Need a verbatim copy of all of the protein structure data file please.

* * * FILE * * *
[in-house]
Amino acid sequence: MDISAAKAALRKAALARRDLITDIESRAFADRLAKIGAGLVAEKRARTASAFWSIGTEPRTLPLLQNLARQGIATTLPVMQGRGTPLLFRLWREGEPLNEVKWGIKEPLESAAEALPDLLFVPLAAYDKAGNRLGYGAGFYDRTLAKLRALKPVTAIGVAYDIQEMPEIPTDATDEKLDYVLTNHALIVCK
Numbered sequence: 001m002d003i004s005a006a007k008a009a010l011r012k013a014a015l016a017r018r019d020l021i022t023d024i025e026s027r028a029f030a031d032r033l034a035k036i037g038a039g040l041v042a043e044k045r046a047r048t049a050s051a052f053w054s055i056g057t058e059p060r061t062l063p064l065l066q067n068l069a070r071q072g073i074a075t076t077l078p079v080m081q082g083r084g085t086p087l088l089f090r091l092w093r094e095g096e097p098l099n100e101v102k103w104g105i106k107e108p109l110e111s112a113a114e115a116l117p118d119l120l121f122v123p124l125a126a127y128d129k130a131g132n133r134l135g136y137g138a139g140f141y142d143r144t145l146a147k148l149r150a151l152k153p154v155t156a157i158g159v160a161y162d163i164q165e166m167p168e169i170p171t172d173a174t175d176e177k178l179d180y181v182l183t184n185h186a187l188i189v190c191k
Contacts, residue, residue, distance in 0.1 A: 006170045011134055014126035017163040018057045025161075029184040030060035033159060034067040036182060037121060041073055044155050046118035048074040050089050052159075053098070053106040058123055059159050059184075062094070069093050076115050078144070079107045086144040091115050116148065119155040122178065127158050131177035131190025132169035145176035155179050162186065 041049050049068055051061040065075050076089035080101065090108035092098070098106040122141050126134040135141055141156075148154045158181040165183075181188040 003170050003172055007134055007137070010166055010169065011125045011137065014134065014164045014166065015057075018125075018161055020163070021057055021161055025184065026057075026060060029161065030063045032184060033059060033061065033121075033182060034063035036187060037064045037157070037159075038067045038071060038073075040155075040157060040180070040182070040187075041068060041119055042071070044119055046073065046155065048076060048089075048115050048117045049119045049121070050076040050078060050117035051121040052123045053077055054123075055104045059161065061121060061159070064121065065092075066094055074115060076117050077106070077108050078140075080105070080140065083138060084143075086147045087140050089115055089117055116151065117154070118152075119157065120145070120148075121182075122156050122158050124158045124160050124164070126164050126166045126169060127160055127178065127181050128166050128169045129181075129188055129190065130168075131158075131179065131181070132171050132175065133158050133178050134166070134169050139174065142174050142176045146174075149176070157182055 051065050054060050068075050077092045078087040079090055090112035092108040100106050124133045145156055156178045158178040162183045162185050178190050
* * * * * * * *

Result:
[in-house]
Amino acid sequence: MDISAAKAALRKAALARRDLITDIESRAFADRLAKIGAGLVAEKRARTASAFWSIGTEPRTLPLLQNLARQGIATTLPVMQGRGTPLLFRLWREGEPLNEVKWGIKEPLESAAEALPDLLFVPLAAYDKAGNRLGYGAGFYDRTLAKLRALKPVTAIGVAYDIQEMPEIPTDATDEKLDYVLTNHALIVCK
Numbered sequence: 001m002d003i004s005a006a007k008a009a010l011r012k013a014a015l016a017r018r019d020l021i022t023d024i025e026s027r028a029f030a031d032r033l034a035k036i037g038a039g040l041v042a043e044k045r046a047r048t049a050s051a052f053w054s055i056g057t058e059p060r061t062l063p064l065l066q067n068l069a070r071q072g073i074a075t076t077l078p079v080m081q082g083r084g085t086p087l088l089f090r091l092w093r094e095g096e097p098l099n100e101v102k103w104g105i106k107e108p109l110e111s112a113a114e115a116l117p118d119l120l121f122v123p124l125a126a127y128d129k130a131g132n133r134l135g136y137g138a139g140f141y142d143r144t145l146a147k148l149r150a151l152k153p154v155t156a157i158g159v160a161y162d163i164q165e166m167p168e169i170p171t172d173a174t175d176e177k178l179d180y181v182l183t184n185h186a187l188i189v190c191k
Contacts, residue, residue, distance in 0.1 A: 006170045011134055014126035017163040018057045025161075029184040030060035033159060034067040036182060037121060041073055044155050046118035048074040050089050052159075053098070053106040058123055059159050059184075062094070069093050076115050078144070079107045086144040091115050116148065119155040122178065127158050131177035131190025132169035145176035155179050162186065 041049050049068055051061040065075050076089035080101065090108035092098070098106040122141050126134040135141055141156075148154045158181040165183075181188040 003170050003172055007134055007137070010166055010169065011125045011137065014134065014164045014166065015057075018125075018161055020163070021057055021161055025184065026057075026060060029161065030063045032184060033059060033061065033121075033182060034063035036187060037064045037157070037159075038067045038071060038073075040155075040157060040180070040182070040187075041068060041119055042071070044119055046073065046155065048076060048089075048115050048117045049119045049121070050076040050078060050117035051121040052123045053077055054123075055104045059161065061121060061159070064121065065092075066094055074115060076117050077106070077108050078140075080105070080140065083138060084143075086147045087140050089115055089117055116151065117154070118152075119157065120145070120148075121182075122156050122158050124158045124160050124164070126164050126166045126169060127160055127178065127181050128166050128169045129181075129188055129190065130168075131158075131179065131181070132171050132175065133158050133178050134166070134169050139174065142174050142176045146174075149176070157182055 051065050054060050068075050077092045078087040079090055090112035092108040100106050124133045145156055156178045158178040162183045162185050178190050